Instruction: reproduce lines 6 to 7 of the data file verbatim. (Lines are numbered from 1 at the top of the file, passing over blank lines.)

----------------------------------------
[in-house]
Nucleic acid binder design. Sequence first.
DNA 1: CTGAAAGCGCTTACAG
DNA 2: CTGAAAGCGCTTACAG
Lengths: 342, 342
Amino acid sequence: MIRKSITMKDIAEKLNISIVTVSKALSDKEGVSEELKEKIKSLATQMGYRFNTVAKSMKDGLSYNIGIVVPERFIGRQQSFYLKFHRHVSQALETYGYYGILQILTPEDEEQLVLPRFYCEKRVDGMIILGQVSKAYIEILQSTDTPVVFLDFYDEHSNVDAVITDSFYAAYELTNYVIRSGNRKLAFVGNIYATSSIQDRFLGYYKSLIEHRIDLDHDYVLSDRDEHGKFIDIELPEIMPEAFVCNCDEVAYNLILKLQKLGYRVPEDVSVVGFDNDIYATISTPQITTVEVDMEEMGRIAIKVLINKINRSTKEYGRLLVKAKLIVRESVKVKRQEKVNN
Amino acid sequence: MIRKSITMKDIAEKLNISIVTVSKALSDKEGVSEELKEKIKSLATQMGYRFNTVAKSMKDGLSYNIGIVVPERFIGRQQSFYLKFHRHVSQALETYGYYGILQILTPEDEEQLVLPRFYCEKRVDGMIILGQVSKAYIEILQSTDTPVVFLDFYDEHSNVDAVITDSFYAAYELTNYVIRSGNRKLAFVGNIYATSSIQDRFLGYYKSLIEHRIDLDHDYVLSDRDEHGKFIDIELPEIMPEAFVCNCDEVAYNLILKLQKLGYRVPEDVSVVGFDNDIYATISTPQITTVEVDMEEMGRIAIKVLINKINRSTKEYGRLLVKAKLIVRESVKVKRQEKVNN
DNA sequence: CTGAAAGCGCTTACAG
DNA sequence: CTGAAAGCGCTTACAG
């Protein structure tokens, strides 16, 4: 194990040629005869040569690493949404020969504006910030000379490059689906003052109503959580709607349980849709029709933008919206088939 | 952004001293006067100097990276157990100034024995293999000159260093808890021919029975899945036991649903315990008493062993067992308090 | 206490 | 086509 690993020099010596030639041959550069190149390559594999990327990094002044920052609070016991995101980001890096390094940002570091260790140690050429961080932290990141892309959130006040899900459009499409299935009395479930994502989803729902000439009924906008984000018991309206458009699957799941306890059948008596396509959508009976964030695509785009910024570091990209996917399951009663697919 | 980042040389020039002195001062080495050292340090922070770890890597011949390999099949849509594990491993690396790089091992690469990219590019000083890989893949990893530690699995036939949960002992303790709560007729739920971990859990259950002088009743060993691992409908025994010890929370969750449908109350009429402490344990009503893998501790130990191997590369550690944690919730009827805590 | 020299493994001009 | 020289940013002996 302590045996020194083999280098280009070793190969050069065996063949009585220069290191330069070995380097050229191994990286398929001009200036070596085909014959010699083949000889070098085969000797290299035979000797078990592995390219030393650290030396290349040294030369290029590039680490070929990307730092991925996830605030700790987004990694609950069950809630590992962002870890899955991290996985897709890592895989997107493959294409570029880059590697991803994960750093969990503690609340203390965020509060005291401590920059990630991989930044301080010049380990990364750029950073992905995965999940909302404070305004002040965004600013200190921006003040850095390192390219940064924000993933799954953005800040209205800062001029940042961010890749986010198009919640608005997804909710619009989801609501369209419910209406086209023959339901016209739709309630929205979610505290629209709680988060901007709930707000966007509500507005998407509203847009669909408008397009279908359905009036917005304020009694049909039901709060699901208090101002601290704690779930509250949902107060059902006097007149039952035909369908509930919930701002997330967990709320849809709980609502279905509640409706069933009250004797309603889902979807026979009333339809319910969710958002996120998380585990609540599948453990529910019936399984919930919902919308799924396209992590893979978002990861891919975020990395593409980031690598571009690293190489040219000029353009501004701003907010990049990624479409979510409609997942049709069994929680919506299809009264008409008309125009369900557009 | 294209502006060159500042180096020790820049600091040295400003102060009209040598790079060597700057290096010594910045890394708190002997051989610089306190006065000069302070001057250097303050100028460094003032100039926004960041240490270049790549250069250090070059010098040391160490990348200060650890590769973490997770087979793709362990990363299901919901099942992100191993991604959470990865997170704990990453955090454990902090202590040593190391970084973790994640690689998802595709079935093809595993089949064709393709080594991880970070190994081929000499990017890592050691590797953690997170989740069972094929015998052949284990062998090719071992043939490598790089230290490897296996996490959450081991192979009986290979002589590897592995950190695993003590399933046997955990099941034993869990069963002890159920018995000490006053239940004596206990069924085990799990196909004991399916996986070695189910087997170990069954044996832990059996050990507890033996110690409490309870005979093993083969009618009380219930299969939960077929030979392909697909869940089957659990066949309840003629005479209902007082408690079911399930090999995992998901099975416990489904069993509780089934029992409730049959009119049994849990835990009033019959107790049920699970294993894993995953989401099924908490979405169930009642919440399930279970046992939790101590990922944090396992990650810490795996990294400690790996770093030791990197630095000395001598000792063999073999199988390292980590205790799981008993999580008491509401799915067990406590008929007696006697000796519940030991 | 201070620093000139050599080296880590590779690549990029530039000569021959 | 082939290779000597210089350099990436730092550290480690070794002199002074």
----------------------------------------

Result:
Amino acid sequence: MIRKSITMKDIAEKLNISIVTVSKALSDKEGVSEELKEKIKSLATQMGYRFNTVAKSMKDGLSYNIGIVVPERFIGRQQSFYLKFHRHVSQALETYGYYGILQILTPEDEEQLVLPRFYCEKRVDGMIILGQVSKAYIEILQSTDTPVVFLDFYDEHSNVDAVITDSFYAAYELTNYVIRSGNRKLAFVGNIYATSSIQDRFLGYYKSLIEHRIDLDHDYVLSDRDEHGKFIDIELPEIMPEAFVCNCDEVAYNLILKLQKLGYRVPEDVSVVGFDNDIYATISTPQITTVEVDMEEMGRIAIKVLINKINRSTKEYGRLLVKAKLIVRESVKVKRQEKVNN
Amino acid sequence: MIRKSITMKDIAEKLNISIVTVSKALSDKEGVSEELKEKIKSLATQMGYRFNTVAKSMKDGLSYNIGIVVPERFIGRQQSFYLKFHRHVSQALETYGYYGILQILTPEDEEQLVLPRFYCEKRVDGMIILGQVSKAYIEILQSTDTPVVFLDFYDEHSNVDAVITDSFYAAYELTNYVIRSGNRKLAFVGNIYATSSIQDRFLGYYKSLIEHRIDLDHDYVLSDRDEHGKFIDIELPEIMPEAFVCNCDEVAYNLILKLQKLGYRVPEDVSVVGFDNDIYATISTPQITTVEVDMEEMGRIAIKVLINKINRSTKEYGRLLVKAKLIVRESVKVKRQEKVNN